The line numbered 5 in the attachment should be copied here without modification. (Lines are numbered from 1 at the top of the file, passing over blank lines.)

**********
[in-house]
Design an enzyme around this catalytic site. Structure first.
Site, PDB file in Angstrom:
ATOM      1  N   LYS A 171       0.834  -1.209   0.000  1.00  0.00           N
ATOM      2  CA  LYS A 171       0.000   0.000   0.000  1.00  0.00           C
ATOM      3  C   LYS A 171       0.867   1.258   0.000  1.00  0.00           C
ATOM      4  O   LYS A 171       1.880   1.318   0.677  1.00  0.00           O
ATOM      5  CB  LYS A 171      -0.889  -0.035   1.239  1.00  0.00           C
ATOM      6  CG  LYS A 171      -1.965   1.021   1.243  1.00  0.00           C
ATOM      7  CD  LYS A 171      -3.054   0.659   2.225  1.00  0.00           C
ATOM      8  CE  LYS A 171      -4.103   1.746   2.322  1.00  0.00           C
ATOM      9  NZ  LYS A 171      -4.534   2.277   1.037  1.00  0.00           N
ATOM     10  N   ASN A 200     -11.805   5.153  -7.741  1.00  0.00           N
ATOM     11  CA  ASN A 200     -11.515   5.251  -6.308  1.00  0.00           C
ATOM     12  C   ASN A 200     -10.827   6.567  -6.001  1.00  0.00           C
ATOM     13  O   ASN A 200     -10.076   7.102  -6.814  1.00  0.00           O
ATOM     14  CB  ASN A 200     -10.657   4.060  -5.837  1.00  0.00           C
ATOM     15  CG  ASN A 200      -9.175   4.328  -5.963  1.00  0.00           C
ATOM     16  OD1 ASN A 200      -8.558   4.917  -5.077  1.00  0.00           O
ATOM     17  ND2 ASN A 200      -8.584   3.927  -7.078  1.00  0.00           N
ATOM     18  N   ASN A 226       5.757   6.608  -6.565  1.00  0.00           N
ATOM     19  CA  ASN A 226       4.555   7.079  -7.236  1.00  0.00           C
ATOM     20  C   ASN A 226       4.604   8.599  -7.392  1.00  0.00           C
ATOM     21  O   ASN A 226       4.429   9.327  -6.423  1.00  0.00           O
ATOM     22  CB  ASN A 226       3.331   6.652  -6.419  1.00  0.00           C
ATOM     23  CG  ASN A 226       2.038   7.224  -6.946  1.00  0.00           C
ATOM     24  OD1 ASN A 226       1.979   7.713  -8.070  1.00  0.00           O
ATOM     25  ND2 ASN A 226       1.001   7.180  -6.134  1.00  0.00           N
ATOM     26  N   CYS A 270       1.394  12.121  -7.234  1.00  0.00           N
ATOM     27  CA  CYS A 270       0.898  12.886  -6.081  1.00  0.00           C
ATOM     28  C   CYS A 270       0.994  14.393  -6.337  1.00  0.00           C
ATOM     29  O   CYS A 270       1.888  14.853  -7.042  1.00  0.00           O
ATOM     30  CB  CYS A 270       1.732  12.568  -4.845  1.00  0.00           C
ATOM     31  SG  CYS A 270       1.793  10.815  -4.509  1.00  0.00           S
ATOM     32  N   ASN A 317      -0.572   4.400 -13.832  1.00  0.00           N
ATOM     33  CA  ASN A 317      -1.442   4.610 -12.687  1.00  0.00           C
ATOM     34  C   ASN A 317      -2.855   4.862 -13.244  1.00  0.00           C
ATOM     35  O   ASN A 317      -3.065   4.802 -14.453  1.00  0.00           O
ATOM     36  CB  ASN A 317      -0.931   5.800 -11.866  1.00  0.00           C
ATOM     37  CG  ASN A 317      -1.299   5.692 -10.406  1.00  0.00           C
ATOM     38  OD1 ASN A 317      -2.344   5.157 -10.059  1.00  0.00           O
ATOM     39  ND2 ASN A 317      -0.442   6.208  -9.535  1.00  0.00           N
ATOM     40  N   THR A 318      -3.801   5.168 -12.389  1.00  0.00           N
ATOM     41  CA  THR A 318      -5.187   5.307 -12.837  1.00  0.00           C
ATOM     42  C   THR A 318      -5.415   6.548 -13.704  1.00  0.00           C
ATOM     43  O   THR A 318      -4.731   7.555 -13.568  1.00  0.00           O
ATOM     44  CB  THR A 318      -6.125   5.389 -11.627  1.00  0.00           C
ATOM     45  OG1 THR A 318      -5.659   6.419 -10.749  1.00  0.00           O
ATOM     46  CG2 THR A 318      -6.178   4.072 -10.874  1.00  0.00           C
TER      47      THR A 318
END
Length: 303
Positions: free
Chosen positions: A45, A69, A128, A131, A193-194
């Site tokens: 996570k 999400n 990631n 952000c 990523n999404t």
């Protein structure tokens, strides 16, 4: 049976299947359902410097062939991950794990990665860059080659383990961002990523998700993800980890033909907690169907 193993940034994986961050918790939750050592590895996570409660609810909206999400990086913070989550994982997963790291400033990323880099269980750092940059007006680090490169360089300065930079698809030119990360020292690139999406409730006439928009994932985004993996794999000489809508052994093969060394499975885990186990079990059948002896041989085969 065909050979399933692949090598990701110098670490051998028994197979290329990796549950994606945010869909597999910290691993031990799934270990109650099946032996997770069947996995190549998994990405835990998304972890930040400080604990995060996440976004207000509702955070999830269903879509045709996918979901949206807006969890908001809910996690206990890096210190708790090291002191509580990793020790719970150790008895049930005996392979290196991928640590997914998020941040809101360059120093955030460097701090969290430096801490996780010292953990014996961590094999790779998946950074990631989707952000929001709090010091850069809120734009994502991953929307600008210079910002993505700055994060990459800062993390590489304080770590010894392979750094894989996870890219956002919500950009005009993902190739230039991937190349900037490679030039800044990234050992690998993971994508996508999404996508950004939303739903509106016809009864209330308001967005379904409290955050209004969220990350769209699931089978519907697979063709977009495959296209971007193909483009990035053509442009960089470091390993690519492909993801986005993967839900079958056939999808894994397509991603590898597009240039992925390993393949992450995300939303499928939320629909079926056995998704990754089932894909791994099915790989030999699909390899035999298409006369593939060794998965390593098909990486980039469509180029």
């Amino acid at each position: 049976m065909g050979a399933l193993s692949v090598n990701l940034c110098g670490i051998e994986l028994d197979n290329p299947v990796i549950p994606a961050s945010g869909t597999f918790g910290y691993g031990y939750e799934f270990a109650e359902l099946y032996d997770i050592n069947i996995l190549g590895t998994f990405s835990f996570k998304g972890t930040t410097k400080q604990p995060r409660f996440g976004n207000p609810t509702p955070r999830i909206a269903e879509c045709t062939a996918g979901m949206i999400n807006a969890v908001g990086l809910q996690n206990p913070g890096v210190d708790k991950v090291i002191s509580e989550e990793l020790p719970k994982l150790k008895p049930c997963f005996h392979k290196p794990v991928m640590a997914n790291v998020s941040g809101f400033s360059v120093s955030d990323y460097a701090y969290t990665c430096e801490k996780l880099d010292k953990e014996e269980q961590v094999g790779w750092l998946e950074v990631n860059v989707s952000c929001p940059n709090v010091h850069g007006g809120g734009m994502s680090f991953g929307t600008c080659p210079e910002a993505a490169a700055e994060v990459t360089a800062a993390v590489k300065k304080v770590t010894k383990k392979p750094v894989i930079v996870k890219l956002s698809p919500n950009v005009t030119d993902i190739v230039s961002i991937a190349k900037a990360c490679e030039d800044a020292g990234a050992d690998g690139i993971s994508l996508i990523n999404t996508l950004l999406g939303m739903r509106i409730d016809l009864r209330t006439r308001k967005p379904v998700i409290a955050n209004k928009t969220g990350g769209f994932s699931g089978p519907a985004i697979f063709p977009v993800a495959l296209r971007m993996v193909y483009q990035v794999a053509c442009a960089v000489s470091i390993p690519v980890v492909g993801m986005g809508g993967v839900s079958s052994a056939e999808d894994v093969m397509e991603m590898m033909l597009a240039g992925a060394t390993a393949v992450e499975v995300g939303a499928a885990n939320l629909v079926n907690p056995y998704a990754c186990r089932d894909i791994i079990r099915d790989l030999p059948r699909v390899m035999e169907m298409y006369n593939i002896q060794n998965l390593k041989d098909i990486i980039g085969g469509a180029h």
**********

ATOM      2  CA  LYS A 171       0.000   0.000   0.000  1.00  0.00           C